by Karl Anton Hickel, c.â€‰1794
|Member of Parliament|
31 October 1780 â€“ February 1825
|Preceded by||David Hartley|
|Succeeded by||Arthur Gough-Calthorpe|
|Constituency||Kingston upon Hull (1780â€“84)
|Born||24 August 1759
Kingston upon Hull, Great Britain
|Died||29 July 1833 (aged 73)
London, United Kingdom
|Children||William, Barbara, Elizabeth, Robert, Samuel and Henry|
If you love someone who is ruining his or her life because of faulty thinking, and you don’t do anything about it because you are afraid of what others might think, it would seem that rather than being loving, you are in fact being heartless.
As much pains were taken to make me idle as were ever taken to make me studious.
Let everyone regulate his conduct… by the golden rule of doing to others as in similar circumstances we would have them do to us, and the path of duty will be clear before him.
What should we suppose must naturally be the consequence of our carrying on a slave trade with Africa? With a country, vast in its extent, not utterly barbarous, but civilized in a very small degree? Does any one suppose a slave trade would help their civilization?
The objects of the present life fill the human eye with a false magnification because of their immediacy.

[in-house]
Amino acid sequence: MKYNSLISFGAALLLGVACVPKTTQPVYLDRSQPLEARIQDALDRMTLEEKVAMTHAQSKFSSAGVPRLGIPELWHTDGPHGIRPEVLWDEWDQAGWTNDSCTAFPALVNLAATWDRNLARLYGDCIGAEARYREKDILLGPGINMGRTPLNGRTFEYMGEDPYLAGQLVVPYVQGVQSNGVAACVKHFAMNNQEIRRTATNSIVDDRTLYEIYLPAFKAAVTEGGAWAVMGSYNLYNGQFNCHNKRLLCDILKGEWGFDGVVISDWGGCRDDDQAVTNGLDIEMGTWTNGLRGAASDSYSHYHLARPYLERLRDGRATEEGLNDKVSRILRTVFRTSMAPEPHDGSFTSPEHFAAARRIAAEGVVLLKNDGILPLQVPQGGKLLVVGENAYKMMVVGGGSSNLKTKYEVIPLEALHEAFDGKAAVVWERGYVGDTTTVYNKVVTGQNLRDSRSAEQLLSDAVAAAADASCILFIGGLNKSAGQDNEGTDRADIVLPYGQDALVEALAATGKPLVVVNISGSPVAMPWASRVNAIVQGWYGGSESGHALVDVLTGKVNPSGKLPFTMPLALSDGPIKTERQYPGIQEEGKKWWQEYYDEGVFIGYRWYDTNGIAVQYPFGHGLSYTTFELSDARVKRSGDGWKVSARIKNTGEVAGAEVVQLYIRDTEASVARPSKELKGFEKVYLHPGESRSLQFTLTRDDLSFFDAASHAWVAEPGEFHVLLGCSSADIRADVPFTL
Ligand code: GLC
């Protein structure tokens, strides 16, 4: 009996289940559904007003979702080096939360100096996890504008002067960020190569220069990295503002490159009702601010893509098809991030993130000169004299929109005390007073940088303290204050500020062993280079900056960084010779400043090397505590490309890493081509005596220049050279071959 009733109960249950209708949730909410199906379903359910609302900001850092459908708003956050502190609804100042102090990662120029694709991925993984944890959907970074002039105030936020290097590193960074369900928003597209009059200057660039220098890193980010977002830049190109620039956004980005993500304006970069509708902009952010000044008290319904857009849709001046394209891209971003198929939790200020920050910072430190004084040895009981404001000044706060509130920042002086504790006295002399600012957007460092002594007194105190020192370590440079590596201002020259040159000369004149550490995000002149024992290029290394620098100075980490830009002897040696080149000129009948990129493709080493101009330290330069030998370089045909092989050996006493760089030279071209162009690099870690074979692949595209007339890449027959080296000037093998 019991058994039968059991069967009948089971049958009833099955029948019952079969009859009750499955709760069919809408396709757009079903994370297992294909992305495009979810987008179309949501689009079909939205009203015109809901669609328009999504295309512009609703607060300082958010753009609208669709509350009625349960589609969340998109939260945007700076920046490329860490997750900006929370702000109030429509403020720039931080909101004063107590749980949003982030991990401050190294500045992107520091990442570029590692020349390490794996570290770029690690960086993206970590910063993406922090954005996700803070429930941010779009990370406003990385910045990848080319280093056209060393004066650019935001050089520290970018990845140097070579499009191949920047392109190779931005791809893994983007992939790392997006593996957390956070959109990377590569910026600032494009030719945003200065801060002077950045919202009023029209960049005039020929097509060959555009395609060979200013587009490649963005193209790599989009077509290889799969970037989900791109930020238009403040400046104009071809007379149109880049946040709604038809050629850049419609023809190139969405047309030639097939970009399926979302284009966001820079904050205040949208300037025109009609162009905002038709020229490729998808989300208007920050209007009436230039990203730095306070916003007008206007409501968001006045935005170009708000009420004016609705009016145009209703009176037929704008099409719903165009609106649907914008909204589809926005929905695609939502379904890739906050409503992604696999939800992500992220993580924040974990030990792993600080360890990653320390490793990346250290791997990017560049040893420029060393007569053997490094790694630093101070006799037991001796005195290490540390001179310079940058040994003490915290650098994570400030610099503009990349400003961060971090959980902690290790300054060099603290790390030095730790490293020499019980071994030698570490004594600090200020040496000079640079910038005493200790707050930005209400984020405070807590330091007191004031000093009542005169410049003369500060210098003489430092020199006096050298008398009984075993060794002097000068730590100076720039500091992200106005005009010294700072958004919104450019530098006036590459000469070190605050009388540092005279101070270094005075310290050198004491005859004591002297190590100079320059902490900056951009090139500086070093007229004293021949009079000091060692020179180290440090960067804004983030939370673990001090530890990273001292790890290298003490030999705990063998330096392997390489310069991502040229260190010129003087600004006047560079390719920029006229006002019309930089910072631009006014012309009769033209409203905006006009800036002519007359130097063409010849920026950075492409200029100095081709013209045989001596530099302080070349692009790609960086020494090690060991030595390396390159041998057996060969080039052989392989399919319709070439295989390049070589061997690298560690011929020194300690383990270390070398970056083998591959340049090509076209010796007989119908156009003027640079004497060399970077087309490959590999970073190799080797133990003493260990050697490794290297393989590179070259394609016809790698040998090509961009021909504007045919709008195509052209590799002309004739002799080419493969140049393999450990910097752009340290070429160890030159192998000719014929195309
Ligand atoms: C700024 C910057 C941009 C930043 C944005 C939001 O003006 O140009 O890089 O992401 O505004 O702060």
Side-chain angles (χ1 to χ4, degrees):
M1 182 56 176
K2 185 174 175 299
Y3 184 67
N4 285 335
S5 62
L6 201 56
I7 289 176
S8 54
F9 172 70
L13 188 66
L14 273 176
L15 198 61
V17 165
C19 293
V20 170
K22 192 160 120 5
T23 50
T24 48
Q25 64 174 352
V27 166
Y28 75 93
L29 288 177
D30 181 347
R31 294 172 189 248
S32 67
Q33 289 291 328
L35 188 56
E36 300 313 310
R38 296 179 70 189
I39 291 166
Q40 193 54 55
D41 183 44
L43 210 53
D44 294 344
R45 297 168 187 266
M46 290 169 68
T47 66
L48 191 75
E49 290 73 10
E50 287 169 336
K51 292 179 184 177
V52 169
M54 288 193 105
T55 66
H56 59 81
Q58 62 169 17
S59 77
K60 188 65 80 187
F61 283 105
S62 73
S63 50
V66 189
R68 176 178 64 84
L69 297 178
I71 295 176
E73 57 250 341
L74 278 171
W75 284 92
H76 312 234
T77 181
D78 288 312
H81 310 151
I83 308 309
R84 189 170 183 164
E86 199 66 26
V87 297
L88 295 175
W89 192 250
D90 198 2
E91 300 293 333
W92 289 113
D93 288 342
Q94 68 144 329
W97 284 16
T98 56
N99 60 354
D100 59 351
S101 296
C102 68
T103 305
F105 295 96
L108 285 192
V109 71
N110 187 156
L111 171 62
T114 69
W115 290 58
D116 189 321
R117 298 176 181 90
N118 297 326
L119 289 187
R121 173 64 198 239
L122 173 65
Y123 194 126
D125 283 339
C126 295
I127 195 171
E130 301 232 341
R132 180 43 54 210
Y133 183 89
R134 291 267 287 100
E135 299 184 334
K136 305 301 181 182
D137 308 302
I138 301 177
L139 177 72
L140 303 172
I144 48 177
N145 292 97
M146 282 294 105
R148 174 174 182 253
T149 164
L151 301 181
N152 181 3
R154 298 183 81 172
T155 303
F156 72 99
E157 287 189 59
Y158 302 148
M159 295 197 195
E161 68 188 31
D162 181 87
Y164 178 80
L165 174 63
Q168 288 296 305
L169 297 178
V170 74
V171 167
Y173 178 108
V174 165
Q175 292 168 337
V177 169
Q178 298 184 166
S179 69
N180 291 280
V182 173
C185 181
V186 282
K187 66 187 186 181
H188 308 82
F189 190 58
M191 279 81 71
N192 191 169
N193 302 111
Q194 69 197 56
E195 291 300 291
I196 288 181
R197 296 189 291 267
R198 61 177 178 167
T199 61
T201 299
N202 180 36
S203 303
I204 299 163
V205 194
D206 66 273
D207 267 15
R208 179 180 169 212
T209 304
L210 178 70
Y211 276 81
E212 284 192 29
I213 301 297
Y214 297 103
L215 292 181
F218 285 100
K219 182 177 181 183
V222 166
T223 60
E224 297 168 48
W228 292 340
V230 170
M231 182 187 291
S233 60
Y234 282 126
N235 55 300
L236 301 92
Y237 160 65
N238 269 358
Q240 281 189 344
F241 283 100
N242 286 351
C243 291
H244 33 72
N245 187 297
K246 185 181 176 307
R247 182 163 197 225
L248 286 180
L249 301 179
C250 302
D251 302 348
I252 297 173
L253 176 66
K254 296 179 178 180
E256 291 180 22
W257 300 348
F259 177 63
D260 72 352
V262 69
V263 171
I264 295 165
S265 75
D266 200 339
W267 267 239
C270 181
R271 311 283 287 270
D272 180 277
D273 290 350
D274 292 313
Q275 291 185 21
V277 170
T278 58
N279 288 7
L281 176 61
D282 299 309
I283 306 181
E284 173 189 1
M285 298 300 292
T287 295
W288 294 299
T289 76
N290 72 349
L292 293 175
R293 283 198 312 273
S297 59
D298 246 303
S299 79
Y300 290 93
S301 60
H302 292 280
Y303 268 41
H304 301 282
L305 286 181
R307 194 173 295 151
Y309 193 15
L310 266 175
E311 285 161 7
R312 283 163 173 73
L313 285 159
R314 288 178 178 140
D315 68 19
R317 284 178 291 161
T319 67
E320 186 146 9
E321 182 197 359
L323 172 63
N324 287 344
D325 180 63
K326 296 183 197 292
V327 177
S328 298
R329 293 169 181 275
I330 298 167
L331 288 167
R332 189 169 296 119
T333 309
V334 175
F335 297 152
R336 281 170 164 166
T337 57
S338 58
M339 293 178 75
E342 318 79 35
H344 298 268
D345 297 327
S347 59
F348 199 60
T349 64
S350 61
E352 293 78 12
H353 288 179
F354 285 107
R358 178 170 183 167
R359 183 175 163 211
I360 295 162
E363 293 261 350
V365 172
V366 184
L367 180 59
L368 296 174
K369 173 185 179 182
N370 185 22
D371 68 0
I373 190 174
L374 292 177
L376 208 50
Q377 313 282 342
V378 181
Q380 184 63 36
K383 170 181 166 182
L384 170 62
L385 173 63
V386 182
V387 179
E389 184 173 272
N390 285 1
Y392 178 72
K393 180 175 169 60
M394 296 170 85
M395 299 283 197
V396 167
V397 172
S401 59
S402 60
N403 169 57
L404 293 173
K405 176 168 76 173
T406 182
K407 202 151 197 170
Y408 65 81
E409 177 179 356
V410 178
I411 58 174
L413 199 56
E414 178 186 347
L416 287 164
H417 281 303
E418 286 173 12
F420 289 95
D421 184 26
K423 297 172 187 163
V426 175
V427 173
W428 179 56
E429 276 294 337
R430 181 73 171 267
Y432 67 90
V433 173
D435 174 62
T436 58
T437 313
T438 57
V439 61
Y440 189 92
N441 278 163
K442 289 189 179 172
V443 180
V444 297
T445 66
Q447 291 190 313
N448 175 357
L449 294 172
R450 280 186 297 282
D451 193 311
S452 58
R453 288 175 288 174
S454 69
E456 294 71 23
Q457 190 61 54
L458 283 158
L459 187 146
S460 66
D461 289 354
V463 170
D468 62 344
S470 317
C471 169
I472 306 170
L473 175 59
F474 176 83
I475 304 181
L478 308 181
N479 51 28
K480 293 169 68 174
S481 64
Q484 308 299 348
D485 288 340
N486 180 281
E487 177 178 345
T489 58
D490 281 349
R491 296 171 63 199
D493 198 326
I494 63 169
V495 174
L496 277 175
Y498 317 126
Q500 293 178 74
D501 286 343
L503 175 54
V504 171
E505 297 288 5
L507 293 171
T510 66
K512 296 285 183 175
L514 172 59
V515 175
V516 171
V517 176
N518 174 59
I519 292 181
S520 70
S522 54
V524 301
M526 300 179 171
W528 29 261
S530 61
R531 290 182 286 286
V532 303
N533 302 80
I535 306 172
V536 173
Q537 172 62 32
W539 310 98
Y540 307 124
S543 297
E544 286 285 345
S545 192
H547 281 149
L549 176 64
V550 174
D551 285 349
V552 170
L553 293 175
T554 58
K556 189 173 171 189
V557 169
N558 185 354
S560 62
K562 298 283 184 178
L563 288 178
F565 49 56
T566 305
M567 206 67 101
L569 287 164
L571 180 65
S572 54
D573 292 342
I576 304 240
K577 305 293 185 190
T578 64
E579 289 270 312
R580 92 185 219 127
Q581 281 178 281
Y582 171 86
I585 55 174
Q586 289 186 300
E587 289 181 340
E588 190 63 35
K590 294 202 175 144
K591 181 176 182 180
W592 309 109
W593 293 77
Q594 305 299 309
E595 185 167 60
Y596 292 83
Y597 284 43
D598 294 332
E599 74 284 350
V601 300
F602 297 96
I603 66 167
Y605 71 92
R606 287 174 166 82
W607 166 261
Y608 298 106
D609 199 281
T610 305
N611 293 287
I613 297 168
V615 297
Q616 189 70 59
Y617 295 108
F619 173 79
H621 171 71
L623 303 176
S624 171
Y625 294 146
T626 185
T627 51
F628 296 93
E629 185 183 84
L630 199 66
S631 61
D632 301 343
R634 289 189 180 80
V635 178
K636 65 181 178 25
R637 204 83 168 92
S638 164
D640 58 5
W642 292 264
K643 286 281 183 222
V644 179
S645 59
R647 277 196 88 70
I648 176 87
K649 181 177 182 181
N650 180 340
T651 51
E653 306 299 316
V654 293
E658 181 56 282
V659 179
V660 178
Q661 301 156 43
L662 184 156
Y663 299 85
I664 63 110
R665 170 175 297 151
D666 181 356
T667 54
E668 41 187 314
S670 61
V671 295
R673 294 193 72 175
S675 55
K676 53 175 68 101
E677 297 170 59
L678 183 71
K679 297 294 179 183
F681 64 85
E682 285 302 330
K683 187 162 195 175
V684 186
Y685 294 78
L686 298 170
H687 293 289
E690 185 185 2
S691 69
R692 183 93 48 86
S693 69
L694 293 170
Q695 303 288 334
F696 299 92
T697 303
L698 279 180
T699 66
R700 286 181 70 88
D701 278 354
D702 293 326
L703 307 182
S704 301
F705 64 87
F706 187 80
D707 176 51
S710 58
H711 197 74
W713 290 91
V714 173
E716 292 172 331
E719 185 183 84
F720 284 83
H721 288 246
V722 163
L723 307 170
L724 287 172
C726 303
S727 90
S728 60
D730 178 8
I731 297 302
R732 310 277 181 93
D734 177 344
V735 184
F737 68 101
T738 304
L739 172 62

Surely the principles of Christianity lead to action as well as meditation.
Can you tell a plain man the road to heaven? Certainly, turn at once to the right, then go straight forward.
My walk is a public one. My business is in the world, and I must mix in the assemblies of men or quit the post which Providence seems to have assigned me.
God Almighty has set before me two great objects: the suppression of the slave trade and the reformation of manners.
Life as we know it, with all its ups and downs, will soon be over. We all will give an accounting to God of how we have lived.
The first years in Parliament I did nothing – nothing to any purpose. My own distinction was my darling object.
I am disturbed when I see the majority of so-called Christians having such little understanding of the real nature of the faith they profess. Faith is a subject of such importance that we should not ignore it because of the distractions or the hectic pace of our lives.
It is the true duty of every man to promote the happiness of his fellow creatures to the utmost of his power.
I would suggest that faith is everyone’s business. The advance or decline of faith is so intimately connected to the welfare of a society that it should be of particular interest to a politician.